Historically, those with privileged access, “superuser accounts,” have been poorly governed. Owners of these accounts may have limited or no formal training in managing accounts, potentially exposing their enterprises to security attacks. Access problems also increase with UC and CC resources and become an even bigger problem when you add IoT devices into the mix. So, what can be done to ensure safe and effective access to resources and services and that users are using their access accordingly?
Privileged Access Defined
Even though superusers have privileged access, and can typically change, modify, and/or eliminate the status or condition of IT devices and software, they must be overseen to ensure that what they do (or don’t do) is within their responsibilities and authority. Poorly managed superuser accounts can lead to many headaches – business losses, theft of sensitive information, and malware that can compromise data and the overall network.
So, what can enterprises do? For starters, these superuser accounts should be reserved for those responsible for IT, network implementations, and operations. On a more strategic level, enterprises should implement a good privileged identity management (PIM) strategy to monitor superuser accounts to ensure that their access level isn’t being misused or abused. Privileged identity management requires:
- The creation of a policy that specifies how superuser accounts will be managed and what the account holders can and can’t do
- Develop a management procedure that can be used to identify responsible parties to ensure that policies are followed
- Inventory, monitor, verify, and audit privileged accounts
- Establish and implement tools and processes for superuser access management
Managing Privileged Access
In managing superuser accounts, there are many questions to ask yourself. How do you keep track of all the changes, updates, and modifications being made to the IT and network environments? Are the changes well-documented? Do you need to be a superuser controlling remote IT resources for your users? Do you know who has connected to those resources and what they did? These are persistent challenges and questions.
Even if you have complete trust in your superusers, are their credentials really safe? A disgruntled superuser could change IT resources on a whim. If they are overextended, did they miss something, make a mistake, or were just negligent? Superusers are human and not perfect, which should be considered when creating a PIM strategy.
Six Elements of Managing Superuser Accounts
To answer the questions above, here are six elements for managing superuser accounts and their activities:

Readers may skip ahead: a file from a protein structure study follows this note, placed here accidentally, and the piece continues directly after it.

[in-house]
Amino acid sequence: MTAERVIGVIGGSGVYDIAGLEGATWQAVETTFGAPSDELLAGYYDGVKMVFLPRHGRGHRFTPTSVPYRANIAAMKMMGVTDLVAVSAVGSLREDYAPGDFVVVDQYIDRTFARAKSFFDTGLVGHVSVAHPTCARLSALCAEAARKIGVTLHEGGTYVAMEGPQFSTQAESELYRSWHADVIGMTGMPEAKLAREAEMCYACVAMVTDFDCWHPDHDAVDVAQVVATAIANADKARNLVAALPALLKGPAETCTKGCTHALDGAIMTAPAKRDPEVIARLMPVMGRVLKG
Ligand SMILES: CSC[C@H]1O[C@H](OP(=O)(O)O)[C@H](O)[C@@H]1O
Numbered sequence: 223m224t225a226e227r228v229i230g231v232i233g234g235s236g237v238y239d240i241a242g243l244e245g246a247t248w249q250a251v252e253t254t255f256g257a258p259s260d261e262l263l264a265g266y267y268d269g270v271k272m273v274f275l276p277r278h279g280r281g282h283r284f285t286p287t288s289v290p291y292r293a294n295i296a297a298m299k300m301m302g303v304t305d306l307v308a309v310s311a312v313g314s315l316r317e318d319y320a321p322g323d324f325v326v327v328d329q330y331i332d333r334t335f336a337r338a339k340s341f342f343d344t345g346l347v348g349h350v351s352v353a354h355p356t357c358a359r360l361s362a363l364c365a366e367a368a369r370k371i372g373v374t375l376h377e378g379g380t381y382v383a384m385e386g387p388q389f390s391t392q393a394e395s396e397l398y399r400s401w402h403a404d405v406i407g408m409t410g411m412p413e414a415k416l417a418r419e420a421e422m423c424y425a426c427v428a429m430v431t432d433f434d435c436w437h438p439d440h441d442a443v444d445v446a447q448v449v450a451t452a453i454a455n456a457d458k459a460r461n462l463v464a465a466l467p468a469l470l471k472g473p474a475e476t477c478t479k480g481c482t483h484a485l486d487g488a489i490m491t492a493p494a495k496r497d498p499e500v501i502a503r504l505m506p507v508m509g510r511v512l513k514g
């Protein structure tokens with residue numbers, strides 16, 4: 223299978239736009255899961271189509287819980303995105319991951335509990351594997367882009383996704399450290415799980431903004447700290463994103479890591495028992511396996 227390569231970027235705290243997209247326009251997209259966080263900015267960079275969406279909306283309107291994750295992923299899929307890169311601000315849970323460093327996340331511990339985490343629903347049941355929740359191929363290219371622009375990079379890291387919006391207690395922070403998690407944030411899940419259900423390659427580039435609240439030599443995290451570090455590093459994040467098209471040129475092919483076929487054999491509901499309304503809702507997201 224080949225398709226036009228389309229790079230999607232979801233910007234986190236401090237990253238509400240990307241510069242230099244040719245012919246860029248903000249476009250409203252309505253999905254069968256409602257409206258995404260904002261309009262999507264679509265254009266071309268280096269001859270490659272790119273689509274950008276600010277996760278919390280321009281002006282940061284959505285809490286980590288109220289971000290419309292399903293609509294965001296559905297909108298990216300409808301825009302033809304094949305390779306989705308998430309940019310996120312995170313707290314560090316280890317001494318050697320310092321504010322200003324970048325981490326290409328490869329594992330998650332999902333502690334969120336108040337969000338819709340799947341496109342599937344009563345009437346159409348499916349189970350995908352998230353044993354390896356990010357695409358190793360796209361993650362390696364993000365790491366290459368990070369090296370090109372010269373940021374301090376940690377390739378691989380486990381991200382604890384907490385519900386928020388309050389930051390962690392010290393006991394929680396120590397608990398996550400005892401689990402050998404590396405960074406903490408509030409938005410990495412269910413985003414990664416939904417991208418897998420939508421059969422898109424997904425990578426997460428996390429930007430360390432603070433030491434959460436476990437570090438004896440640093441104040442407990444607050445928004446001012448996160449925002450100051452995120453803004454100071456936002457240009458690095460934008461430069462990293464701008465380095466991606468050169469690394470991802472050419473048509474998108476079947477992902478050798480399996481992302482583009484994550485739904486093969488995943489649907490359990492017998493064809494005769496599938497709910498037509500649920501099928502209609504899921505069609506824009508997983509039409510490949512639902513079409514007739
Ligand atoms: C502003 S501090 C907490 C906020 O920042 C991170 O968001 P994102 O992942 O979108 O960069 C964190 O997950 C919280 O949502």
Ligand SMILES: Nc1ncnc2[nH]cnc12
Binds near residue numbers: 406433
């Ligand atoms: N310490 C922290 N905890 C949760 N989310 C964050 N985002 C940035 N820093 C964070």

- Authorization – This is the process of providing a user with permission to do or have something in a multi-user computer system or network. Who is allowed to be a superuser?
- Authentication – This is the process for determining whether someone is who they say they are, i.e. verifying their identity. Are they an authorized superuser?
- Control – This is the power to add, modify, and restrict an action.
- Monitoring and recording – The ability to observe and check the status and progress of IT resources over a period, knowing what superusers did what when.
- Auditing – Conducting a systematic review of the state and status of IT resources.
- Reporting – Providing an unbiased and secure account of IT resources, their state, status, and the actions of superusers.
Privileged Access Security, Beware of the Risks
Many enterprises secure privileged access for internal and external IT staff solely on their credentials or identity as a way of controlling who has access. This is necessary, but not sufficient. Securing access pathways and recording access connections and activities are also crucial to protecting critical systems and data from cyber threats, malicious behavior, and errors. Privileged access is a balance between productivity, security, and ease of use.
Success with Remote Service Delivery
There are many challenges to overcome, including a broad range of services and devices. There are tools available for monitoring that may have very specific connectivity requirements; IT might have their own technical and security requirements. IT may also be reluctant to allow a third party to access and control their IT resources. Services may be weakened or have no security at all because of poor remote service delivery.
Common Security Mistakes
Common security mistakes have many sources: negligence, malicious behavior, ignorance, and poor training of those managing resources. You may find that some users put information on posted notes, visible and available to almost anybody. Whoever is managing access must minimize access to superuser accounts, protect that access, and enforce security policies. There may be security patches and updates that you’re slow to install. An open question is, “who is watching your staff, so you know that they’re performing appropriately, correctly, and securely?”
Privileged Users: Are They Ok?
Every time privileged access is given, you should have an automated mechanism that records, reports, stores, and analyzes that activity. The activity also should have a historical record, so you can go back and look at the behavior of the user. This doesn’t mean you should mistrust users. Verifying, documenting, and storing these actions is a way of ensuring that the information about the changes can’t be compromised. Every connection must be monitored automatically with the appropriate record and data stored for future analysis.